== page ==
What is the load range E weight capacity? Is there any relationship between it and tire load index capacity? Let’s figure it out in this guide.
When looking at the sidewall of a tire, you can see different numbers, which contain important details about your tire. For example, the alphanumeric code includes an entire description of the tire, helping you determine if the tire is right for your vehicle or not.
There are different definitions when it comes to this, including tire load index capacity and load range. For instance, you might see E (Ply Rating) on a light truck and SUV tire. But what is the load range E weight capacity? This guide will help you understand the actual meaning of the load range E and other numbers on the tire,
Table of Contents
Tire Load Index Capacity
Generally speaking, the tire load rating indicates how much weight the tire can carry. The major factors deciding the load-carrying capacity of all the tires mixed are the product of the number of tires and load capacity of a single tire. For example, the rating of 100 denotes that it has a load capacity of 1764 pounds. To get the maximum load-carrying capacity of your vehicle, simply multiply that by four tires, and here is 1764 x 4 = 7056 pounds.
Below is the detailed chart of load carrying capacity index ratings for your reference.
|Load-Carrying Capacity Index Ratings|
|Load Index||Load (lbs)||Load Index||Load (lbs)||Load Index||Load (lbs)|
What is the Load Range?
If you have ever heard of PLY Rating, then load range is simply the older measurement of it. This term relates to the construction of the tire, which is made of rubber and cord layers known as plies. In the past, the tire had a bigger laid carrying capacity when there were more tires. As such, a lot of manufacturers would calculate a tire’s plies and use this figure to represent carrying capacity.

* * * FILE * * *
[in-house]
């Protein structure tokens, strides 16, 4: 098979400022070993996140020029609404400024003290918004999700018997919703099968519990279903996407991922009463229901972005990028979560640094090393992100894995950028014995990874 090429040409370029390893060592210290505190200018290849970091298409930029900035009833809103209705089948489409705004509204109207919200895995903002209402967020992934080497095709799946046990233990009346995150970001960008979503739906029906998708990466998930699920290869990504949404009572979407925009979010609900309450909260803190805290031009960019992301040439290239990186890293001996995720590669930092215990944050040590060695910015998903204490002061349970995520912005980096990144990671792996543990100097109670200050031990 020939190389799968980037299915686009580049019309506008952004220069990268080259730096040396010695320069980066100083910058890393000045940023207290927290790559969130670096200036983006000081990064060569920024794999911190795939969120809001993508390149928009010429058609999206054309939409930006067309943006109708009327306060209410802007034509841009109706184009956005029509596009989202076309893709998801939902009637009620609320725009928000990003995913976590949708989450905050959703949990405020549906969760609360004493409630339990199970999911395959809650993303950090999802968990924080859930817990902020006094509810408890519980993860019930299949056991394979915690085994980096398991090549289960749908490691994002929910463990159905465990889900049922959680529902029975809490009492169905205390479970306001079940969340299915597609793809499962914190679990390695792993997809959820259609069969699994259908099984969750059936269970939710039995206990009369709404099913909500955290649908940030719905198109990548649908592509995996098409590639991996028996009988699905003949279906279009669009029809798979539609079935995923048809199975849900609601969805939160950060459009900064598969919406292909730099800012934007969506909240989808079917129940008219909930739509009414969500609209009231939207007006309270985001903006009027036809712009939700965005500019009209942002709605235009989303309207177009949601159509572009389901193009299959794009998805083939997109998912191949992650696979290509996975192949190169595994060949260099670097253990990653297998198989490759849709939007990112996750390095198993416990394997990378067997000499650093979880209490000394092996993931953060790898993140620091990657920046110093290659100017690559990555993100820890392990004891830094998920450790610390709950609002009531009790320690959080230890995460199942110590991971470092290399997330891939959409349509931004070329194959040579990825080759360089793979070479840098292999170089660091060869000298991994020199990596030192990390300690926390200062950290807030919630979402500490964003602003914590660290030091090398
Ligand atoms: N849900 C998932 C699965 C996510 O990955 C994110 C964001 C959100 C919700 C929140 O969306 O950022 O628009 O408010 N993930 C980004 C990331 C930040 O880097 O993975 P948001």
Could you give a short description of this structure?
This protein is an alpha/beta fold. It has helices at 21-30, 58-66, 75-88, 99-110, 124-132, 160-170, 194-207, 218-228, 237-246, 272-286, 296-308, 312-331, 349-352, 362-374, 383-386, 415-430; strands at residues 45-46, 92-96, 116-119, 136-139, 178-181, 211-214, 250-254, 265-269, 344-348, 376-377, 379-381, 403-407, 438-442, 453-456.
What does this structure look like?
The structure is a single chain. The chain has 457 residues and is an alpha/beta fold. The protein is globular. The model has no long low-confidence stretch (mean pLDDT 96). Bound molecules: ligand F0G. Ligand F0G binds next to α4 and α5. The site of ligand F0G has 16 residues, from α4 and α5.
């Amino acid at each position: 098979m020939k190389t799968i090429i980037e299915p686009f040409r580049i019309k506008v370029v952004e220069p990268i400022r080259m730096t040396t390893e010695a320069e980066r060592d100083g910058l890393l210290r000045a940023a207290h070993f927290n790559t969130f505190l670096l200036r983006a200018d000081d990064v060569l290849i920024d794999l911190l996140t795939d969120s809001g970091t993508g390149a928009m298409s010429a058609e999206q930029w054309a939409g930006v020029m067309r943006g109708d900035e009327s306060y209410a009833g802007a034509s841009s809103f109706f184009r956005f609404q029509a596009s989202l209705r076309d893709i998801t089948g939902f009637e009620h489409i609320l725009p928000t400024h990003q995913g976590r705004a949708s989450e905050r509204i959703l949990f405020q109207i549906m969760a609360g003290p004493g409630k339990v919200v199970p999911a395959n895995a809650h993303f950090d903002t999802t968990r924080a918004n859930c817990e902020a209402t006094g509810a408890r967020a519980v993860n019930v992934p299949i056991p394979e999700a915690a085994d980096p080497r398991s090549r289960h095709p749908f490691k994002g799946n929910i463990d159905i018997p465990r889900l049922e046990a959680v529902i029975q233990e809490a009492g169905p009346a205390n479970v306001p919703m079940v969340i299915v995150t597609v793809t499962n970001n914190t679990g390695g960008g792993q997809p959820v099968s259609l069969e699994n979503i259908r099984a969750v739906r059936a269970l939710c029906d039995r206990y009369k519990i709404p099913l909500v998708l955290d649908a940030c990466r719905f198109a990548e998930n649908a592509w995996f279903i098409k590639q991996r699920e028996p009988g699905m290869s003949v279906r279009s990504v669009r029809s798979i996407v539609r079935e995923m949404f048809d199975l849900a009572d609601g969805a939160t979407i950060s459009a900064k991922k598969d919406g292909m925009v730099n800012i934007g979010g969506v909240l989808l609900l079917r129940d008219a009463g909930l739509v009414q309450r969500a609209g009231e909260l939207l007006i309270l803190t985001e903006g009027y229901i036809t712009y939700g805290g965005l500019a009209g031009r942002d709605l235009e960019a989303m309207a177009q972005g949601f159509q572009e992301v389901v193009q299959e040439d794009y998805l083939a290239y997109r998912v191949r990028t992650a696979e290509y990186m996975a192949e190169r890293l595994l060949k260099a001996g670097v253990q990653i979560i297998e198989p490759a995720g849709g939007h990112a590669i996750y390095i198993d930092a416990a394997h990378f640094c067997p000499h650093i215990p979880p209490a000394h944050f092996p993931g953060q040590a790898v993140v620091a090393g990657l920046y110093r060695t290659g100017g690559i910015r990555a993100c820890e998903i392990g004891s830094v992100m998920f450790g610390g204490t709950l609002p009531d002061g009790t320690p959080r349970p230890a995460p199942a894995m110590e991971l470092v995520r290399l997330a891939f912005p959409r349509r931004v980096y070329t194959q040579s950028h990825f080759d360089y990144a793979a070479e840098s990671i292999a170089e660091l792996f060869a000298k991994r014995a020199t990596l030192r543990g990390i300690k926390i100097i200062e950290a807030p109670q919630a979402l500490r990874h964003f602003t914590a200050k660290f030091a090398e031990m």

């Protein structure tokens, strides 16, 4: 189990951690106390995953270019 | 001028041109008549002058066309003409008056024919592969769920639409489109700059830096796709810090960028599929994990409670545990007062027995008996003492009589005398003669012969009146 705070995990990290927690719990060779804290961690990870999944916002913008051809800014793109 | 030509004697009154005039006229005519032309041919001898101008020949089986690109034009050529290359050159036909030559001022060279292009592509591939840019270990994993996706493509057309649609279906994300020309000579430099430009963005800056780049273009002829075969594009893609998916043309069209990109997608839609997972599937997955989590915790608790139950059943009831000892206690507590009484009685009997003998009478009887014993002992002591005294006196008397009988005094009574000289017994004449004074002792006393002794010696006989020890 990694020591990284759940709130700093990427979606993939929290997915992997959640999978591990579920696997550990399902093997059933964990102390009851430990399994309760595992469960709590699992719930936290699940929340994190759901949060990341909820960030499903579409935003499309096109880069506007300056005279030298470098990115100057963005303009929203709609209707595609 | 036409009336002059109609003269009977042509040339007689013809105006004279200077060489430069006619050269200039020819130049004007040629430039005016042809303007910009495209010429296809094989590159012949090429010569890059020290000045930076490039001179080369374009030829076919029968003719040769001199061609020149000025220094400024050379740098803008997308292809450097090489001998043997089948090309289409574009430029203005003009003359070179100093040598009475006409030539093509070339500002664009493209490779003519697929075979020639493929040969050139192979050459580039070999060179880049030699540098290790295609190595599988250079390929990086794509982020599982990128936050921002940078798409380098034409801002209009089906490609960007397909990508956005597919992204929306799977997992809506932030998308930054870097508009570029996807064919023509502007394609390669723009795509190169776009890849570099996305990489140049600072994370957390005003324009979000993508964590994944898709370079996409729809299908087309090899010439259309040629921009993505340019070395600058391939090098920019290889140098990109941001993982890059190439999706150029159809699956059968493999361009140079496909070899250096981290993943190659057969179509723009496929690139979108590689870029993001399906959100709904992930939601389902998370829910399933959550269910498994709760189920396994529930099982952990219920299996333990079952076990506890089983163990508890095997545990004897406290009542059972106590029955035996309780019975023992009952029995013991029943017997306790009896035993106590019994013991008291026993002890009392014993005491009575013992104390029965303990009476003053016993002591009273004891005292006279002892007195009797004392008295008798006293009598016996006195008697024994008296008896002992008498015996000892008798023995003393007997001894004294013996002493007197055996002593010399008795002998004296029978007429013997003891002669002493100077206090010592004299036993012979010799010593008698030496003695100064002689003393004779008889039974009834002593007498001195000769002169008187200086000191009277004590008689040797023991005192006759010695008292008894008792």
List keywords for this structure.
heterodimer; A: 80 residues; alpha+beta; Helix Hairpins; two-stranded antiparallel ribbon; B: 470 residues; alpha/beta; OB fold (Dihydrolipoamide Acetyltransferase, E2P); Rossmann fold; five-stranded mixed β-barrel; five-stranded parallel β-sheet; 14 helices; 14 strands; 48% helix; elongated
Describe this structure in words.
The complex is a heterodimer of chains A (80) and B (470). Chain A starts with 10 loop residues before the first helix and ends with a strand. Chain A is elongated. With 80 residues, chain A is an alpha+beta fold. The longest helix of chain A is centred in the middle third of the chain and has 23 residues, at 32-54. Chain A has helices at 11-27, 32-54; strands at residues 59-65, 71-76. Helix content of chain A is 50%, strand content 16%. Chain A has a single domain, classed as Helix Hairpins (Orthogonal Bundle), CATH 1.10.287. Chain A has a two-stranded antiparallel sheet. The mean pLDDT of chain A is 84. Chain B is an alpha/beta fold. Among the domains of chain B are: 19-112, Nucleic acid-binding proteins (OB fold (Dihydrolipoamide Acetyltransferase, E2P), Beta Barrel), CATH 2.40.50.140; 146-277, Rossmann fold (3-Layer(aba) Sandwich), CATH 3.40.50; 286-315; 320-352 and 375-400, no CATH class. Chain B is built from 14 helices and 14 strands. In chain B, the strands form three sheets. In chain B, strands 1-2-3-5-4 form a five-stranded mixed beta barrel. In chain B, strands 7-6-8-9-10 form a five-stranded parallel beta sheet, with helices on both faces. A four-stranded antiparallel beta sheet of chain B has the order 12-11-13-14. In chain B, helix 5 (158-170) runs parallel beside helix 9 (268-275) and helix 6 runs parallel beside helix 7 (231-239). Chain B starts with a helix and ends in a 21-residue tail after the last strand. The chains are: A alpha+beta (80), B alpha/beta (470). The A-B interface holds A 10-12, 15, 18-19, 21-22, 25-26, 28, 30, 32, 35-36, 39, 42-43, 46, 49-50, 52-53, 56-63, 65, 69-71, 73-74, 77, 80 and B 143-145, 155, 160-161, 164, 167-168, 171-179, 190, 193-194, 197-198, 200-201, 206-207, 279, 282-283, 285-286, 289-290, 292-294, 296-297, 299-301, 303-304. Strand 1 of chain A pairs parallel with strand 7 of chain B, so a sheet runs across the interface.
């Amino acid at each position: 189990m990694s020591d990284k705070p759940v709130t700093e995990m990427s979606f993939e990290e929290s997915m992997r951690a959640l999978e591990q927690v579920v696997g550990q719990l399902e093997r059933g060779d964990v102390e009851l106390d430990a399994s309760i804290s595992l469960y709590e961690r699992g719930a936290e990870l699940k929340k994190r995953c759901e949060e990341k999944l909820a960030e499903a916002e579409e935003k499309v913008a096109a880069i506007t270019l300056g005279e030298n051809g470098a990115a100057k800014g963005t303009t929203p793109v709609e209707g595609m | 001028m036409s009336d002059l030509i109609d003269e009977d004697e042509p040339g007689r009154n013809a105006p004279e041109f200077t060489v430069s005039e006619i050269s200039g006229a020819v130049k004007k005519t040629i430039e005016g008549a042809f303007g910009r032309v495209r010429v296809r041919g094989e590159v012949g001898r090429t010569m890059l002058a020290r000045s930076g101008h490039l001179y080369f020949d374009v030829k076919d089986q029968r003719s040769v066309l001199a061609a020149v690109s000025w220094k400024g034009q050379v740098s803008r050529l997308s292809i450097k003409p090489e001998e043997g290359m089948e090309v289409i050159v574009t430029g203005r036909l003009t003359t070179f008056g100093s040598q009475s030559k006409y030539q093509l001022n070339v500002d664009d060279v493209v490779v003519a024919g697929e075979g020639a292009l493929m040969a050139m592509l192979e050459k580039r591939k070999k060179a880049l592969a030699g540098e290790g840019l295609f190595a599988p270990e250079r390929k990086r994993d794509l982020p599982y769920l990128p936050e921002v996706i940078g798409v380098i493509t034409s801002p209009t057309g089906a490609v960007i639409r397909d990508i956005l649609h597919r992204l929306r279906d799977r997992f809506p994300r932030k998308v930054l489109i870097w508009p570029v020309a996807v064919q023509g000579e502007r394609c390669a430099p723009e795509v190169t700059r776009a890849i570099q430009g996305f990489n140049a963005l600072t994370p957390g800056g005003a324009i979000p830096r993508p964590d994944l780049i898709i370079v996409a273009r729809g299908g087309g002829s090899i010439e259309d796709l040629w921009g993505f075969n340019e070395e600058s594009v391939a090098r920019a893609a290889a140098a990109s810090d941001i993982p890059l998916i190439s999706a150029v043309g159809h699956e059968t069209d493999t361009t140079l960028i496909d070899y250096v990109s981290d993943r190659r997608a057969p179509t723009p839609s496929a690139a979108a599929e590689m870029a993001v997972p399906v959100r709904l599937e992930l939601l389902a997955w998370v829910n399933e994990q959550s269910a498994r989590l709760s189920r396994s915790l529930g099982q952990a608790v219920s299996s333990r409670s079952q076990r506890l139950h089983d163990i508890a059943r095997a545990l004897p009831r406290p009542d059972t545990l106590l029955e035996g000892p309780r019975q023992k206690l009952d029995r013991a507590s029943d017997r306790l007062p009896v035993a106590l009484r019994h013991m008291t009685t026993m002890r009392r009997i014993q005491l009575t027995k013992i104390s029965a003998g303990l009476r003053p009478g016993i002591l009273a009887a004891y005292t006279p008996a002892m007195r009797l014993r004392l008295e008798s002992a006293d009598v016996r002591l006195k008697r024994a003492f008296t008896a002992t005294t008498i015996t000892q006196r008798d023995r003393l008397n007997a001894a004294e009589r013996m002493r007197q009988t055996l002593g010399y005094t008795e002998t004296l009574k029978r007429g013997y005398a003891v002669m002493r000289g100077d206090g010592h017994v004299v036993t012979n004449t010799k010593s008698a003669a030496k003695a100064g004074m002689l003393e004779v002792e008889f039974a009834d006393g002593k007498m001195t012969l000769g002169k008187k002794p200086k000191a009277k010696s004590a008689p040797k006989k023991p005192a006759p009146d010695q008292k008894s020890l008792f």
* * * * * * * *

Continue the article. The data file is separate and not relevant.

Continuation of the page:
Having said that, the modern construct of tires is made with fewer plies without giving up the carrying capacity. Hence, the load range now simply indicates the tire strength and the allowable PSI. For example, a B load range denotes that a tire corresponds to a 4-ply construction tire. But in fact, this tire is not made with 4 plies. Instead, it is built with one or two plies of comparable strength.
You can look at the chart below to know more about the load range.
|LT-Metric, LT-Flotation, and LT-Numeric Light Truck Tires|
|Load Range||Ply Rating||Abbreviated||Maximum Load Pressure|
|B||4||B||35 psi (240 kPa)*|
|C||6||C||50 psi (350 kPa)*|
|D||8||D||65 psi (450 kPa)*|
|E||10||E||80 psi (550 kPa)*|
|F||12||F||95 psi (650 kPa)*|
|*Selected large LT sizes are designed with reduced maximum load pressures|
What Does the E Stand for on Tire Ratings?
In more detail, as shown in the chart above, the load range is distinguished by a letter of the alphabet, typically from B to F. These letters denote the load pressure and ply rating. When you see the letter E on the tire, it means that your tire has a ply rating of 10, and the maximum load pressure is 80 psi (550 kPa).
You will find this letter E in the middle of almost all tire service descriptions. Both sides of this letter will have spaces on them. Since it represents the load range of the tire, it is important for you to check your vehicle’s instructions to decide the proper load range. Besides, E indicates one of the highest load ranges available on the market. Therefore, if you are going to carry heavy loads with your truck, you might want to get this highly rated tire.
For today’s fleet managers, it is really crucial to have a comprehensive understanding of everything related to your vehicle’s tires, typically truck tires. Generally speaking, the load rating of a tire directly affects the carrying capacity of a vehicle. In addition, the load ratings impact both truck tires and passenger tires.
Another key thing to keep in mind is the load range, which is recognized by a letter of the alphabet. These letters are usually common from B to F that denote maximum load pressure and ply rating. The load range E weight capacity is 80 psi (550 kPa).